Energy is defined as the amount of work that can be performed by a force. It exists in different forms and is each named after a related force.
Science says that there is no absolute measure of energy, because energy is defined as the work that one system does on another. Only the transition of a system from one state into another can be specified and thus measured.
Ways to measure energy
Energy can be measured as the work done: (Force x Distance = Work)
Based on the definition, the standard unit of energy measurement is a joule (J). Joule refers to the energy (or work) required to move an object with 1 Newton of force across 1 meter.
Energy can also be expressed in calories. A calorie (cal) is the amount of heat needed to raise a gram of pure water from 14.5°C to 15.5°C under standard atmospheric pressure. One calorie is equal to 4.1855 joules.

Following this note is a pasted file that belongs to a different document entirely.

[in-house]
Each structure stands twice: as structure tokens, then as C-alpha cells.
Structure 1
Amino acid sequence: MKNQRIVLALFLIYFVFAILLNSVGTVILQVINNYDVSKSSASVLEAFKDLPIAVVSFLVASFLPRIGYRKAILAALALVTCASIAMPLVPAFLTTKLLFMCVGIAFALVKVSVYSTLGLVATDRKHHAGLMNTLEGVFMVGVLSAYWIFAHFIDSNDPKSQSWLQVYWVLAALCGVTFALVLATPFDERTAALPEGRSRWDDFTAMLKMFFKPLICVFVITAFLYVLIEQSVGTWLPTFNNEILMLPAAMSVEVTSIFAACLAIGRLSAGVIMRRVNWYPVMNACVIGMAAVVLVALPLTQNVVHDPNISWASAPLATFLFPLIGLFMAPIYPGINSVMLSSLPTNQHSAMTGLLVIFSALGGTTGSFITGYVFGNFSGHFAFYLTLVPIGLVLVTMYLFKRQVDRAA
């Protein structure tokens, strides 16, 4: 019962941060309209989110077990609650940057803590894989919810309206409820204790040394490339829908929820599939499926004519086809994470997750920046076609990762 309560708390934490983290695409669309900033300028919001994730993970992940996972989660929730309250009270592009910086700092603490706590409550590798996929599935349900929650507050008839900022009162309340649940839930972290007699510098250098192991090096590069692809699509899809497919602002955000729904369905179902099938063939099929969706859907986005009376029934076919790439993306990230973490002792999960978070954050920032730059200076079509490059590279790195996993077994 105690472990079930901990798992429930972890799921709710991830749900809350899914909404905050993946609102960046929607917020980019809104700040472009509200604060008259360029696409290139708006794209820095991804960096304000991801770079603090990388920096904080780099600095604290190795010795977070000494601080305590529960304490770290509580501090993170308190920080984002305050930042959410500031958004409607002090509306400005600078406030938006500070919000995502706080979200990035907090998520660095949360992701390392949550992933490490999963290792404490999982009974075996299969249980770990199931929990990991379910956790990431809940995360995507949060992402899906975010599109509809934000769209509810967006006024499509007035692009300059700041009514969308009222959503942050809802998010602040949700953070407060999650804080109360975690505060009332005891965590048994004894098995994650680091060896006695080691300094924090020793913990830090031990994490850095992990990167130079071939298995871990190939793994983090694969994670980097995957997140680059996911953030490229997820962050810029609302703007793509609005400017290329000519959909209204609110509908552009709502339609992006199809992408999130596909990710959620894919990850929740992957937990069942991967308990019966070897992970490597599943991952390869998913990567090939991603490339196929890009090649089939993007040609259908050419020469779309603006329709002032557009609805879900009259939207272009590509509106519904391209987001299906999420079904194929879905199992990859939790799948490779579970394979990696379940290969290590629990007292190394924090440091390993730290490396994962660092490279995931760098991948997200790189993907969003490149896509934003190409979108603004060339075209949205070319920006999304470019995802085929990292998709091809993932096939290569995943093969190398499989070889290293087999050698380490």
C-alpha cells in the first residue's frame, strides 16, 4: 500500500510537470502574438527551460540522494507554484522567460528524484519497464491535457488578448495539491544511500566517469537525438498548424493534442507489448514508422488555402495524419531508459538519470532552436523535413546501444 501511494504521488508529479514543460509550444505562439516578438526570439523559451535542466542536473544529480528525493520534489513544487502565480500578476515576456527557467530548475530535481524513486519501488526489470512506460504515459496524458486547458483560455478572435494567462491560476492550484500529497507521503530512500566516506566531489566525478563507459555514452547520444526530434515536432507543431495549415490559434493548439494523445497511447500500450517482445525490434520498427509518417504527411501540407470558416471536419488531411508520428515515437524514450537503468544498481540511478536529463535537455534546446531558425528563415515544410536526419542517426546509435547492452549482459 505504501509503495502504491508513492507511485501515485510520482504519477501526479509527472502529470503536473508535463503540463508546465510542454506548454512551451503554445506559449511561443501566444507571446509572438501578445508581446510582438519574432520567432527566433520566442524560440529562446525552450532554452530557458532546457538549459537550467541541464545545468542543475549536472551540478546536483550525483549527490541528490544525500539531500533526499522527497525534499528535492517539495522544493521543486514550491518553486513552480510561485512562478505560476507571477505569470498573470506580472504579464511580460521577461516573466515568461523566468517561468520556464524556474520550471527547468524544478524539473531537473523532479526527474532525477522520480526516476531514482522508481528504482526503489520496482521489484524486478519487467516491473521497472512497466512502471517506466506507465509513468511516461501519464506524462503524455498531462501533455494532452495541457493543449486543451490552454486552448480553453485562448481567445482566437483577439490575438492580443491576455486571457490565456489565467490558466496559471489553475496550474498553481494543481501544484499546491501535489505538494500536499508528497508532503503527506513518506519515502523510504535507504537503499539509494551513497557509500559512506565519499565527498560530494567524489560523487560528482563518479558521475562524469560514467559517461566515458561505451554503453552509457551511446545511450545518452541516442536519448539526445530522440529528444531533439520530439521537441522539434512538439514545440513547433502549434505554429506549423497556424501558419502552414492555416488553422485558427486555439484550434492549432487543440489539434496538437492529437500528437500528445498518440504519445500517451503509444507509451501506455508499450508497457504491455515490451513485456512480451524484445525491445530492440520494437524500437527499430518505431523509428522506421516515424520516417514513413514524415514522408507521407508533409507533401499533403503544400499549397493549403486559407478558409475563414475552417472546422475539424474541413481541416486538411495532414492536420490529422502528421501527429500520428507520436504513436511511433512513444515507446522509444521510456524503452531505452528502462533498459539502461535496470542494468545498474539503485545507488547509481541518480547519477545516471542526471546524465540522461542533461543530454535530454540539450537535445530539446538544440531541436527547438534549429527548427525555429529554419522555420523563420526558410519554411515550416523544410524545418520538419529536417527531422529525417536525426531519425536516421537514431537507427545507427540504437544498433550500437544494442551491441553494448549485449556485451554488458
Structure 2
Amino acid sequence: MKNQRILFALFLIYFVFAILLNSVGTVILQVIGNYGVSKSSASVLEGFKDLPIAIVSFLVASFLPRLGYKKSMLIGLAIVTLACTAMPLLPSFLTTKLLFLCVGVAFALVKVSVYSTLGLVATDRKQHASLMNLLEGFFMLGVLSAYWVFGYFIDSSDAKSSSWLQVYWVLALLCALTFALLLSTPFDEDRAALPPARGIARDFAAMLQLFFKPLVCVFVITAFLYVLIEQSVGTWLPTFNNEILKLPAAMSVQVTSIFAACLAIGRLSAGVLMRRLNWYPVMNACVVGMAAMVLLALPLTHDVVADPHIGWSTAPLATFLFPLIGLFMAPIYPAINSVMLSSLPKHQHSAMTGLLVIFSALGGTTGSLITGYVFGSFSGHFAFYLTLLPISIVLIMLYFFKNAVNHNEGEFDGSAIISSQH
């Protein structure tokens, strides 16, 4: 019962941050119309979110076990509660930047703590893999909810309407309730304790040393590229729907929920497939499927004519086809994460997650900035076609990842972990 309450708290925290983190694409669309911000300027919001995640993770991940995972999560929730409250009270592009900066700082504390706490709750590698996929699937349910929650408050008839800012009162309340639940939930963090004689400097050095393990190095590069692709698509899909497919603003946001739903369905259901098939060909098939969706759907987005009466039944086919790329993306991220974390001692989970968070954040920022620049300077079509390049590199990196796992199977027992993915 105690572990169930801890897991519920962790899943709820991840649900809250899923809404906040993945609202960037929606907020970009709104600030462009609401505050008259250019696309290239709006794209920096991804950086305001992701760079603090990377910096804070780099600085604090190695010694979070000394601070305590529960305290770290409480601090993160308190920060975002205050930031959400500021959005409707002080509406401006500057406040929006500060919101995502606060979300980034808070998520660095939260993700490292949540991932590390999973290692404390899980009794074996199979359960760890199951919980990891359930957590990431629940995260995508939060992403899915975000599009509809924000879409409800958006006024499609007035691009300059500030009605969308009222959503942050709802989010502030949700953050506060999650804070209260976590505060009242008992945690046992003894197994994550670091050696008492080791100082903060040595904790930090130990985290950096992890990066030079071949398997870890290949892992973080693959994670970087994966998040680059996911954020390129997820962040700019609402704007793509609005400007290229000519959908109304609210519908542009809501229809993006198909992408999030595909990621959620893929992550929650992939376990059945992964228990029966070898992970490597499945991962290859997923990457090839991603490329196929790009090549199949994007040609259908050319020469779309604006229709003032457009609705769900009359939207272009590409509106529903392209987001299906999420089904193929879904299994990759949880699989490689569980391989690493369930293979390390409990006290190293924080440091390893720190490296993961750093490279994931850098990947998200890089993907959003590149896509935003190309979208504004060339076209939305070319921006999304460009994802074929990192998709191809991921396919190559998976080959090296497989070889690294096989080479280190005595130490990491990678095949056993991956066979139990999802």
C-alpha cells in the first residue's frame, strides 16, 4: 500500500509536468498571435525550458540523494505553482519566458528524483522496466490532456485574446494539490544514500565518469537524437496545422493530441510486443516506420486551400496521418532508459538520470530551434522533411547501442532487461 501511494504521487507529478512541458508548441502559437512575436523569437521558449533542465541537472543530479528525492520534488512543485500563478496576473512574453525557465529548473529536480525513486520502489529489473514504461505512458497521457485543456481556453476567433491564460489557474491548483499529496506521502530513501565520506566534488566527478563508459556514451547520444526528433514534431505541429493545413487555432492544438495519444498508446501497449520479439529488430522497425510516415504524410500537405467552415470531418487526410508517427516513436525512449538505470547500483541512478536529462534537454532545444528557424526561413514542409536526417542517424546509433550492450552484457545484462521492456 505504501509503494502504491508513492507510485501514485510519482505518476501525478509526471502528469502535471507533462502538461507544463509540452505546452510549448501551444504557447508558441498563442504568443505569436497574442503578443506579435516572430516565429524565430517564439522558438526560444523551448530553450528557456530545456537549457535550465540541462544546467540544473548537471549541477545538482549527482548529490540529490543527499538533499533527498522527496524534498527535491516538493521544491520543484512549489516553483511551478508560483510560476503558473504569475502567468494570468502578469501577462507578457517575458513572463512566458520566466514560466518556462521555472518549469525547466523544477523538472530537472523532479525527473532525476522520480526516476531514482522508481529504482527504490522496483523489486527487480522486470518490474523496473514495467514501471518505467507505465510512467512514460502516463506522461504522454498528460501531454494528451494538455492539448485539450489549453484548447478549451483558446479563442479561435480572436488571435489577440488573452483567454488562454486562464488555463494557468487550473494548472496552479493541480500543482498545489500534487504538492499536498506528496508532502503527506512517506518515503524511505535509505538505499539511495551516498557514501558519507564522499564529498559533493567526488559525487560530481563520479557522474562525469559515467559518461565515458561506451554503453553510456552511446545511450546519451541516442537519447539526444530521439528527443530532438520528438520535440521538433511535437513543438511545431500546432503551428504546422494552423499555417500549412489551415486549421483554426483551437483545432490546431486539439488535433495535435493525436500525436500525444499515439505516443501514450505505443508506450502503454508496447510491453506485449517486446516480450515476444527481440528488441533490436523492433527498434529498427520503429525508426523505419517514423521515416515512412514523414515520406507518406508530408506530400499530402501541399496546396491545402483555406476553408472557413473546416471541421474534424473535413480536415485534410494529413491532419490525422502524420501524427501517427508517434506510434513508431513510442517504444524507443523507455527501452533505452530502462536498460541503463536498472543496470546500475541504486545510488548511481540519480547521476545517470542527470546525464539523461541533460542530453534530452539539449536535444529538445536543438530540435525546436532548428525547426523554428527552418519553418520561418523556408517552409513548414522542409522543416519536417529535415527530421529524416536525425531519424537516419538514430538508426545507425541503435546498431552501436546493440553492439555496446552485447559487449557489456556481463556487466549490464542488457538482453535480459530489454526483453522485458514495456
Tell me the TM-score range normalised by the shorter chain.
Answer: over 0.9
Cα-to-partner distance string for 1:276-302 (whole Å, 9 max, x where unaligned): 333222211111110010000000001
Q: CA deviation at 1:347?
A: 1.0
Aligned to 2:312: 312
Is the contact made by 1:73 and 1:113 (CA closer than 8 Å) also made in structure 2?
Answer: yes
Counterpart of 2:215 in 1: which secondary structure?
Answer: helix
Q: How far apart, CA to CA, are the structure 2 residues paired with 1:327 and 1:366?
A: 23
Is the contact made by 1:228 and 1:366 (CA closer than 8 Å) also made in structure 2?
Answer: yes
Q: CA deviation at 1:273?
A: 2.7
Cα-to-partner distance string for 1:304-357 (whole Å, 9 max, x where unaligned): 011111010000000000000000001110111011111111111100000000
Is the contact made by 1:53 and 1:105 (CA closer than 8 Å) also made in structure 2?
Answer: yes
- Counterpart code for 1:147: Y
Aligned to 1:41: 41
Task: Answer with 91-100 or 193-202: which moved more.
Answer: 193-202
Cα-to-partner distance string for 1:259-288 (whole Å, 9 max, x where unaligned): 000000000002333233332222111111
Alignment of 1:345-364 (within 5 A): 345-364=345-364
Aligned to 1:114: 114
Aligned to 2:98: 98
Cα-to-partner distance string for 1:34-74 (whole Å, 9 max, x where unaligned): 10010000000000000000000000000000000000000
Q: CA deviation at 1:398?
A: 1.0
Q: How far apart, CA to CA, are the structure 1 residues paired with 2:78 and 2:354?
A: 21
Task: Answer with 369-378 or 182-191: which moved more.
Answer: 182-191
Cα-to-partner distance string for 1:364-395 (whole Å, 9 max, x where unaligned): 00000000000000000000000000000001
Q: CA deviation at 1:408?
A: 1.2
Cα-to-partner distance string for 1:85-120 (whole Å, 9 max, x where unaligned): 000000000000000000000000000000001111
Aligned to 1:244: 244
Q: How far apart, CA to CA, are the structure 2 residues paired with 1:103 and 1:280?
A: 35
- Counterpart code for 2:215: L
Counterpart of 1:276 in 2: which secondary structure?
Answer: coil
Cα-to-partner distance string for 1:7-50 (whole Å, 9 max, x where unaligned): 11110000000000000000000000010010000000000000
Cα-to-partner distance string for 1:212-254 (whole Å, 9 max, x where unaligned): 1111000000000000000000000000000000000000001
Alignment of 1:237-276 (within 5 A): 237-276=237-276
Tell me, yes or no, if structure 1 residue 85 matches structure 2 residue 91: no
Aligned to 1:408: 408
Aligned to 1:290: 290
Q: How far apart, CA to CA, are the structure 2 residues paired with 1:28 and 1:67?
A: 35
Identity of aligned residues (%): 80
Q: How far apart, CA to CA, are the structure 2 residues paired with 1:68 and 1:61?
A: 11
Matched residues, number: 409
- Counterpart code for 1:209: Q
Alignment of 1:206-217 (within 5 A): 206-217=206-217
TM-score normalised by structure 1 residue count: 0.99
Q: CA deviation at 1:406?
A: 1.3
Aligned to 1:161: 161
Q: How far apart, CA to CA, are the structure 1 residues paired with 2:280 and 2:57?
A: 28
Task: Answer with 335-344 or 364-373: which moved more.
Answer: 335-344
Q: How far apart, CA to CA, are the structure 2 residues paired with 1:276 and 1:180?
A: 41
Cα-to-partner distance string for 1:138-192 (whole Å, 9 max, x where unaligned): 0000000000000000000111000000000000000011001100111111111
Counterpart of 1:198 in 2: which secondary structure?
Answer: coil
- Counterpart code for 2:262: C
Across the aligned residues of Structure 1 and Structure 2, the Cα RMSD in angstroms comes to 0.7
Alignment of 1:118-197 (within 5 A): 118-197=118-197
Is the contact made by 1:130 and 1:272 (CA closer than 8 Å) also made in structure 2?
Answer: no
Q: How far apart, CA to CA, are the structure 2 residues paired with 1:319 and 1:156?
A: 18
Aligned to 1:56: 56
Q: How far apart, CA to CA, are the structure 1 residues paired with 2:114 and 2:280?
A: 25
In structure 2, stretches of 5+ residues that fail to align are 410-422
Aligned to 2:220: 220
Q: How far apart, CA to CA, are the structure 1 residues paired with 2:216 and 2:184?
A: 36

Energy can be measured in British thermal unit (BTU) as well. One BTU is the amount of energy required to raise the temperature of a pound of water by 1°F.
The most common unit of energy measurement is a watt. One watt is equivalent to one joule of work per second and measures the intensity of radiation over 1 square meter surface. The watt is a standard unit to express electrical power and capacity if electric generators.
Horsepower is another unit of measuring energy. 1 HP is equivalent to 745.7 watts.
Accordingly to SI, accepted units of measurement of energy is the joule, kilowatt hour (1kWh = 1000 watts) and the BTU. The last two are larger units in which energy can be expressed.